The verdict:  Tyrus Evan is certainly a winner.  Once we left Tyrus Evan, the next stop was the winemaker’s original label, Ken Wright…  Stay tuned!

Mother’s Day Spring Release

Well, it finally came – Mother’s Day weekend. For Jon and me, that means Spring Release. Some of you might imagine that is some sort of break time for the kids, but since Jon and I don’t have any, we think in terms of a break time for the adults. And all that is just a convoluted way of saying that the local wineries released new wines this weekend. Jon’s mom came up to visit on Saturday with Jon’s second cousin Anne, who I have never met and Jon hasn’t seen in about 10 years, and we went on a mini-tasting tour.

We took Linda to Glacial Lake Missoula Winery last spring on Mother’s Day weekend, and she was an immediate convert (it isn’t hard to do). Last fall, we got to taste GLM’s enrobed Marsanne, which is a Marsanne white wine varietal wine with the skins from the Cabernet Sauvignon grape added in to provide a red color and some robustness in flavor. When we barrel tasted, we could already tell that it would be amazing. So, we have been waiting ever since. And we thought the wait was over!

So we started the day at Mt. Baker Vineyard.  Mt. Baker is the oldest winery in the county, and they do a lot of different wines.  They are all decent, but there are a few standouts.  They have a new Riesling out, with is a semi-sweet and very nice. The red that I like the most is the Malbec.  It is quite smooth, with a jammy, berry flavor.

On our way back in from Mt. Baker, we saw the sign for Willow Tree Vineyard, a new winery that opened in April.  Their debut wines are a Chardonnay, a Viognier, a Carmenere and a Syrah.  Their whites are both good and true to how a Chardonnay and a Viognier should taste.  I’m just not the biggest fan of Chardonnay and Viognier.  The Carmenere is very good.  Carmenere is a grape grown widely in Chile, and it is referred to there as the lost grape, because for years they had it planted all over but thought it was Merlot.  Once the Chileans realized that it was a different varietal, they really capitalized on the distinction.  In the US, Carmenere is still mostly a blending grape, but I think it is excellent as a standalone varietal wine, and it is nice to see when it is offered.

The Syrah at Willow Tree is a big heavy, jammy wine, with a strong fruit taste.  Jon really liked it, but I thought it was a bit much for me.  They will be releasing a rose soon called Blue Heaven, which is a semi-sweet Riesling mixed with Blueberry wine, and we got to taste it before its release.  Wow.  I can’t wait until that one comes out!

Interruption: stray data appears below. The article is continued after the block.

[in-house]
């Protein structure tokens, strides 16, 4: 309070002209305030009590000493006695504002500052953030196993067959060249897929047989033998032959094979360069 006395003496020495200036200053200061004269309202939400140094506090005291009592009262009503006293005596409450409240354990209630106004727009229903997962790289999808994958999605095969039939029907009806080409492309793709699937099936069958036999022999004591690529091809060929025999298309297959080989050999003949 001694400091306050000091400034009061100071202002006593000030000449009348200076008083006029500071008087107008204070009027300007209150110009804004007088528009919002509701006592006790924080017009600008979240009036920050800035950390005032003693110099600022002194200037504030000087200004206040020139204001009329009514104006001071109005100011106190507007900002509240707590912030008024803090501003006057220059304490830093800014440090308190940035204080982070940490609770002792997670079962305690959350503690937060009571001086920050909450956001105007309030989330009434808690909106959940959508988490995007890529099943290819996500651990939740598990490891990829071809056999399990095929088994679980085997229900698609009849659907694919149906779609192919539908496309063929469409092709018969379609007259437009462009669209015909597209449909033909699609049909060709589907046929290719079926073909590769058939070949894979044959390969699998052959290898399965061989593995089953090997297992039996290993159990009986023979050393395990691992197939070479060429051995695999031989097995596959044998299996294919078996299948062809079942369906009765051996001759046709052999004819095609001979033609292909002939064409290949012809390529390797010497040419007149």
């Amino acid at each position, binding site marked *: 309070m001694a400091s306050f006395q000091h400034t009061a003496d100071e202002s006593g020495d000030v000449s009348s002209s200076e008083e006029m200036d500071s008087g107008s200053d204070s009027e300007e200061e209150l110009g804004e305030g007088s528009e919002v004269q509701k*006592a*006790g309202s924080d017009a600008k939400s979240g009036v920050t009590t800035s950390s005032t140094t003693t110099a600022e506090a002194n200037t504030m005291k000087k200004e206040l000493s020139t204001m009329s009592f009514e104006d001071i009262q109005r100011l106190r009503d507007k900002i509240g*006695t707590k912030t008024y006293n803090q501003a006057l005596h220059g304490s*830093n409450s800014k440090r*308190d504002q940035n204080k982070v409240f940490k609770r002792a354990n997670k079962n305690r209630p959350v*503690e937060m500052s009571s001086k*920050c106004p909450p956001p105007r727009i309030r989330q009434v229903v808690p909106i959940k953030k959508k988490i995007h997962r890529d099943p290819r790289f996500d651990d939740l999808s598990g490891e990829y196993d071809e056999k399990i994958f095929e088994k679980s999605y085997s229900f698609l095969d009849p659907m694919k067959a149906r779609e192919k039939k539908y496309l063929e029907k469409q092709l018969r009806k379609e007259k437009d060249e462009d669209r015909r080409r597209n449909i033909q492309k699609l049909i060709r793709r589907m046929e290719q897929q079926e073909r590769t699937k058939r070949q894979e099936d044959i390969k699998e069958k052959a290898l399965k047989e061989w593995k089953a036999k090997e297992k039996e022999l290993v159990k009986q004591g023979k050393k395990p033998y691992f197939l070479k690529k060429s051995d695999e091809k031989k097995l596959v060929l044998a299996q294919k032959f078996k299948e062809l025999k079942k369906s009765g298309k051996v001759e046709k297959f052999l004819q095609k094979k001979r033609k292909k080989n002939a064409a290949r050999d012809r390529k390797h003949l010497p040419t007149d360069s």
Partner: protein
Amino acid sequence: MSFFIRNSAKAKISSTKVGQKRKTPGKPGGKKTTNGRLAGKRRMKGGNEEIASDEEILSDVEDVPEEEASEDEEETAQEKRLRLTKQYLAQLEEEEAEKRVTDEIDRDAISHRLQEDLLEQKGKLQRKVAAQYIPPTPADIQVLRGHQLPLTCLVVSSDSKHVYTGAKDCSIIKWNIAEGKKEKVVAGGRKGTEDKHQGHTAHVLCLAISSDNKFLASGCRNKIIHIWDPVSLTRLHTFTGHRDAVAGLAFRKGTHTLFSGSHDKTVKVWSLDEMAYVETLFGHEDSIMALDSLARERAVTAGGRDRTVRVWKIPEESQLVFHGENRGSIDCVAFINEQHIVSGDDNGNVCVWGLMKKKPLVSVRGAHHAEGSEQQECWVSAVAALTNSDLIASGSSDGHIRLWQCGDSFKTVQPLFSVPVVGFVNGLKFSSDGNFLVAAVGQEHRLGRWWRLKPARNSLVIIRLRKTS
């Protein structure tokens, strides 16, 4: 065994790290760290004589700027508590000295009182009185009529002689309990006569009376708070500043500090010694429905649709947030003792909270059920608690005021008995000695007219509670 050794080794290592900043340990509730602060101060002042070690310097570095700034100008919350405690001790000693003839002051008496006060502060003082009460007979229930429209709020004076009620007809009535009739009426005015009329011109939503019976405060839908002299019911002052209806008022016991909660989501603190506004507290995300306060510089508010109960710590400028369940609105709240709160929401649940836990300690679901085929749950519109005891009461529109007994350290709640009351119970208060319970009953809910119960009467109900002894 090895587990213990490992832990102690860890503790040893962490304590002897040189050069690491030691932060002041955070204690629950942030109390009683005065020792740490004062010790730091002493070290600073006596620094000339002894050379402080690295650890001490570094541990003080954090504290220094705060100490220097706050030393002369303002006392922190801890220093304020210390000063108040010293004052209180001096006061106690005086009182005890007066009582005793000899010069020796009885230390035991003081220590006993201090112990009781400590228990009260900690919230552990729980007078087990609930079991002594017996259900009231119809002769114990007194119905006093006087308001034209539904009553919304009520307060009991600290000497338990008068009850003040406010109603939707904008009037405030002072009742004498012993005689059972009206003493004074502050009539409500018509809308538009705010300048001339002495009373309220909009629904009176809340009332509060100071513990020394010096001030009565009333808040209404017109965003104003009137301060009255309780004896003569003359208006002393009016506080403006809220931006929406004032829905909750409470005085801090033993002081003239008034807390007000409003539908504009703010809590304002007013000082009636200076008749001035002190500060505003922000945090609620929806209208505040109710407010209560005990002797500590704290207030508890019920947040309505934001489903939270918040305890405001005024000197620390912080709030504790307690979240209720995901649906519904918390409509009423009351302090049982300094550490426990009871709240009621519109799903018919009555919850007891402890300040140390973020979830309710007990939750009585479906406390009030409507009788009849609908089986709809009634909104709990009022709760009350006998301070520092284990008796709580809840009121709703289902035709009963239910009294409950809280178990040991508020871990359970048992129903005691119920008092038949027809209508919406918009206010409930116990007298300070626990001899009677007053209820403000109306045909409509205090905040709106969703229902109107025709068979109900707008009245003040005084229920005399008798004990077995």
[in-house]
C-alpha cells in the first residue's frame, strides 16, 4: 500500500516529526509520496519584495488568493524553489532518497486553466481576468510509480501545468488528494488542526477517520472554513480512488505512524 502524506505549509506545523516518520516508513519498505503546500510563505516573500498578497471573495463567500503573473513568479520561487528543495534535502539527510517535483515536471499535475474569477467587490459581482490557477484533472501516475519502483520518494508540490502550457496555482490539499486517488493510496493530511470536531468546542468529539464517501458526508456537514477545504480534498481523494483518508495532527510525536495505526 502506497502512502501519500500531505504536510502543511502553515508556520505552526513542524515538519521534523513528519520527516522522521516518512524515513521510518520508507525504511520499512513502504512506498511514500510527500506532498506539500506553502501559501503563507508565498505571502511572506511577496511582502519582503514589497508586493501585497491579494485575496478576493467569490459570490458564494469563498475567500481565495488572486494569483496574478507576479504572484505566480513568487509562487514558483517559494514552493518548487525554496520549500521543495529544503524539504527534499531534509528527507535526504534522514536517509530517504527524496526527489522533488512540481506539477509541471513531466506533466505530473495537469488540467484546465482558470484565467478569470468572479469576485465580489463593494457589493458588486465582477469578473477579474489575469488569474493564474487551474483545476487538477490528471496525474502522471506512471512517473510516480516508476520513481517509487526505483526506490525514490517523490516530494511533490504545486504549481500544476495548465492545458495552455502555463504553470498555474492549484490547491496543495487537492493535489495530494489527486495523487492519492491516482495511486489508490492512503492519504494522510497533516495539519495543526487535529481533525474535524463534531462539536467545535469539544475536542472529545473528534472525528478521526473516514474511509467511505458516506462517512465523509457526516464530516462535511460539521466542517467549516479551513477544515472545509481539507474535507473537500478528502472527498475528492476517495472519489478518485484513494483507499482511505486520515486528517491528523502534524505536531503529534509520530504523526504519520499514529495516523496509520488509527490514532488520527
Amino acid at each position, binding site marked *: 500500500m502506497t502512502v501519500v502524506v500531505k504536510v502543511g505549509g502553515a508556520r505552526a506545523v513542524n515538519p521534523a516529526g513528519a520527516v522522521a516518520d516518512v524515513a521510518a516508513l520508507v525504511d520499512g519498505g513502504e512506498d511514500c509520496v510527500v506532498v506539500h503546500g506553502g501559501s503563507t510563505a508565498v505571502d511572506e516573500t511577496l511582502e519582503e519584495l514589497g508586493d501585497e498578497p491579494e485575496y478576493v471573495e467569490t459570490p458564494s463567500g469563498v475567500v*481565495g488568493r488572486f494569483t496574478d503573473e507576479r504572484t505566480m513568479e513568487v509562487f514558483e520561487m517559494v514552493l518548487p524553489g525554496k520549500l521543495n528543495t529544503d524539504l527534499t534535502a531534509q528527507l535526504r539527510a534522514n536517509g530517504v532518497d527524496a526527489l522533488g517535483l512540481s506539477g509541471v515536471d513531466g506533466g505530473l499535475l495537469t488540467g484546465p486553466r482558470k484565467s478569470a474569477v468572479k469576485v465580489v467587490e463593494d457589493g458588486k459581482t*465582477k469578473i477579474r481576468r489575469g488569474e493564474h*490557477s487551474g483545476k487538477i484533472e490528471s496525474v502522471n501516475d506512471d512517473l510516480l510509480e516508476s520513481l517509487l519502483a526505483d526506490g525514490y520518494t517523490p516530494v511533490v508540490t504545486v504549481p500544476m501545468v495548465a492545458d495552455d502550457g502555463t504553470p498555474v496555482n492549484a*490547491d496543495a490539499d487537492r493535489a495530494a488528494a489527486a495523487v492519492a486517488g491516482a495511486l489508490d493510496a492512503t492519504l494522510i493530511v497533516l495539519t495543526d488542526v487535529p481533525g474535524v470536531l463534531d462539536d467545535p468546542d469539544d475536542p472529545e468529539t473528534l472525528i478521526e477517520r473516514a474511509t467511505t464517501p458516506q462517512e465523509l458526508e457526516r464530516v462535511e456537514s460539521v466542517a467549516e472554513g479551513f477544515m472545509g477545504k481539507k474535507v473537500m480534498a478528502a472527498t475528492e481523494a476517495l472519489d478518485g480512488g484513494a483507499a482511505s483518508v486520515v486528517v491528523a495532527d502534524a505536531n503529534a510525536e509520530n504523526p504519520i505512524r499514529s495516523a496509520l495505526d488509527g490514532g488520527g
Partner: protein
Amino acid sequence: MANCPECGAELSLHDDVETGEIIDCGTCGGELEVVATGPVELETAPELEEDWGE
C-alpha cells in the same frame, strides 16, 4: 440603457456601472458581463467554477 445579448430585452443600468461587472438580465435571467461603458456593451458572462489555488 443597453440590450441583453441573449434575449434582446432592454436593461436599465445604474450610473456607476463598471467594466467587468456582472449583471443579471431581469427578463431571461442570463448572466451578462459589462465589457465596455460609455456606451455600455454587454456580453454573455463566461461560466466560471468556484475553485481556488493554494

After Willow Tree we headed up to Glacial Lake.  They have their 2007 Deluge out now, which is a bit different than prior years because Tom added Malbec to this vintage.  It was delicious.  And the Harbor Light is new too, and as always, it is a standout.  But the bad news is that the label for the Marsanne didn’t get approved, so we still can’t get it!  As soon as the label gets its approval, we’ll be able to pick up our bottles.  And meanwhile, we wait, and dream…

Riding in a Bentley

Well, I guess this is my first post.  I will say that I do add my input, however little it may be, to the past posts.  Tonight we opened up a bottle from a recent Woodinville visit.  Cam probably discussed several of these Puget Sound wineries in prior posts.  This particular bottle is from Edmonds Winery.  Going by the name Bentley, this table wine provides more bang for your buck than many red table wines from Washington.  We opened up a bottle of Owen Roe table wine a few months and found it deplorable.  (Disclaimer:  I, unlike Camille and several other people discussing wine , will not hesitate from making my opinion known … even if it may not be shared by others.)  Anyhow, Edmonds was about as intimate as a winery in an industrial area can be.  Bentley, named after owner Doug Peterson’s dog (who is also present in the tasting room) is a rich, heavy, firm Merlot/Malbec blend.  Primarily Merlot (82%), this 2007 vintage has a healthy nose, adequate amount of tannins, and strong fruit base.  Some drawbacks include a limited finish, and rather weak body.  However, for $22, this blend will definitely provide a hearty fill on a lazy night.